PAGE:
“Leverage is going higher as cash flows are declining. Depending on how the recovery takes shape, this may weigh on credit quality and ratings,” said Steven Boothe, a high-grade debt portfolio manager at T. Rowe Price. “If it’s steep and long drawn out, that will be something to be mindful of.”
The bond frenzy may be nearing an end — at least for now. For the second-half of the year, most strategists expect a slowdown in corporate borrowing, especially if the economy rebounds quickly.
With their balance sheets amply padded, companies may just borrow US$200 billion in the last six months of the year, according to Bank of America Corp. strategists led by Hans Mikkelsen. The pace may also slow down heading into the U.S. presidential election, said Peter Aherne, head of North American investment-grade capital markets, syndicate, and capital strategy and structuring at Citigroup Inc.
American companies have been borrowing steadily since the Fed first cut rates following the 2008 financial crisis, often to fund mega-mergers and acquisitions. Sales have topped US$1 trillion in each of the last eight years, but usually not until well into the second half of the year.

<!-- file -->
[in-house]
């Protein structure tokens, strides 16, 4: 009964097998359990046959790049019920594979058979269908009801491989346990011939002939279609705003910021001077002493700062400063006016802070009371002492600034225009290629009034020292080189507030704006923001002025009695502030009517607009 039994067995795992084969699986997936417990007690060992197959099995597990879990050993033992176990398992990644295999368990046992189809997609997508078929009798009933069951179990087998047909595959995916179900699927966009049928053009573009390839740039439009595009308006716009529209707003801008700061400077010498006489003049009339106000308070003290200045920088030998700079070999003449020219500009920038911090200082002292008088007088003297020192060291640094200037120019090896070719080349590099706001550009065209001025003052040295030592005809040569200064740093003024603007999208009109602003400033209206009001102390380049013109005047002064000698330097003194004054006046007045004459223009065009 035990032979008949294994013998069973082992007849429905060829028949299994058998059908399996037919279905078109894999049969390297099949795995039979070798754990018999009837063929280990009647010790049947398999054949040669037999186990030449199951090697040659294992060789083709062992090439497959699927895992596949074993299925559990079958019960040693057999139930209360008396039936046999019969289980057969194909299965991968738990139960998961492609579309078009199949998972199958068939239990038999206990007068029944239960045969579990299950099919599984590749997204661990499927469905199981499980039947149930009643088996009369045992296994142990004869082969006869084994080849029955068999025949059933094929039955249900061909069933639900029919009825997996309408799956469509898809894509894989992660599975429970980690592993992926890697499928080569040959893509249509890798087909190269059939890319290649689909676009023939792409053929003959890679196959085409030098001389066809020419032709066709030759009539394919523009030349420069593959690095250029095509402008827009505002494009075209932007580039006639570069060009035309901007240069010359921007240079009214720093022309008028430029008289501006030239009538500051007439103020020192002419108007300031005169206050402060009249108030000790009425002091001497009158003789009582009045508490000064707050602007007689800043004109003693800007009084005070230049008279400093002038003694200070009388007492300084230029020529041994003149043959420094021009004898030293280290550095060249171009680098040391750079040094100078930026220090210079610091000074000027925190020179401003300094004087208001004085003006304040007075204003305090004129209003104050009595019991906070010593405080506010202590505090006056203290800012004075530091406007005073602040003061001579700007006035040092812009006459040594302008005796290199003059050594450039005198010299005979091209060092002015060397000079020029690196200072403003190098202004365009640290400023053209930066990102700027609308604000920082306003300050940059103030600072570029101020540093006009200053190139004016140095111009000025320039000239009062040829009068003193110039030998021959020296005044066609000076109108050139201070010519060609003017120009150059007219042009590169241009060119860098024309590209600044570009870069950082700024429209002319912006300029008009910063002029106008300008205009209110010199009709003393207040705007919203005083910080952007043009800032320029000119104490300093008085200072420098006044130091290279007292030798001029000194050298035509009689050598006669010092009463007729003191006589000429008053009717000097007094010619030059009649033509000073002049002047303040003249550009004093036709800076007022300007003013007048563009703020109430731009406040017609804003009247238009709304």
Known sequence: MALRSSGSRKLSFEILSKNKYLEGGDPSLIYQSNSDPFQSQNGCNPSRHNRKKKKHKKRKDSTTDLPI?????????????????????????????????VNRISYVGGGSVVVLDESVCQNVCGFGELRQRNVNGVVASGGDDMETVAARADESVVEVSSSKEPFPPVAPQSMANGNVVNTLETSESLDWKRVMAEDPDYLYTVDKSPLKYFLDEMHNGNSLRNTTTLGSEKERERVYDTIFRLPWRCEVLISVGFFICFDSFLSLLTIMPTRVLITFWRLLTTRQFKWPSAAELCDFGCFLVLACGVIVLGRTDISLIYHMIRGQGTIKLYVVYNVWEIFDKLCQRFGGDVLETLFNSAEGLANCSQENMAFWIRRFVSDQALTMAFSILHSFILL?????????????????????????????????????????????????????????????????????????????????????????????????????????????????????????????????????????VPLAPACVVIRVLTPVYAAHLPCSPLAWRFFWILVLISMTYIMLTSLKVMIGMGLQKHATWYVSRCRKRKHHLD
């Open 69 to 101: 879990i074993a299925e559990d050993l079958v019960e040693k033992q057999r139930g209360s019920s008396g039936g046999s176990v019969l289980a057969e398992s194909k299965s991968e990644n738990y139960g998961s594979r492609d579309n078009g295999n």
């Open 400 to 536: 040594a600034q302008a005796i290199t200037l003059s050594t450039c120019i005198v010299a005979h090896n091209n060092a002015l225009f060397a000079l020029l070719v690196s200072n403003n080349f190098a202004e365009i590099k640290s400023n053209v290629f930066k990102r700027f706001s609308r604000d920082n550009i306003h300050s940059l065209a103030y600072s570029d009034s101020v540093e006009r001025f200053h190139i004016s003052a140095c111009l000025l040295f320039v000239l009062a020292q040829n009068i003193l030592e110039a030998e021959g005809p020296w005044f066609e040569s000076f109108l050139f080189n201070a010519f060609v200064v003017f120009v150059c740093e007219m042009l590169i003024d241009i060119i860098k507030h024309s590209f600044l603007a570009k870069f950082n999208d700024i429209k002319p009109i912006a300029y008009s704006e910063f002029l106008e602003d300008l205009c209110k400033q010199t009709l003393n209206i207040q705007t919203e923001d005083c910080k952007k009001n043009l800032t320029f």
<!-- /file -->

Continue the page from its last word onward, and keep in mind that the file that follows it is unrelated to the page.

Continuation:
The previous quickest pace came in 2017, when sales flew past the US$1 trillion milestone in August, pushed by deal financing from the likes of AT&T Inc., British American Tobacco Plc and Amazon.com Inc. Supply reached US$1.4 trillion by year-end, setting an annual record.
This year, the borrowing came fast and furious and investors eagerly responded after the Fed’s announcement in late March. In the past two months, investment-grade spreads have compressed nearly 200 basis points, bringing all-in borrowing costs back down to pre-pandemic levels. Junk spreads have rallied 457 basis points, especially after expanded monetary support included some parts of that market, too.
What started out as only a mix of the highest-quality borrowers bringing new bond sales has since expanded to riskier companies like cruise lines and casinos. For the most part, demand has been robust, often allowing issuers to boost the size of their offerings and cut borrowing costs.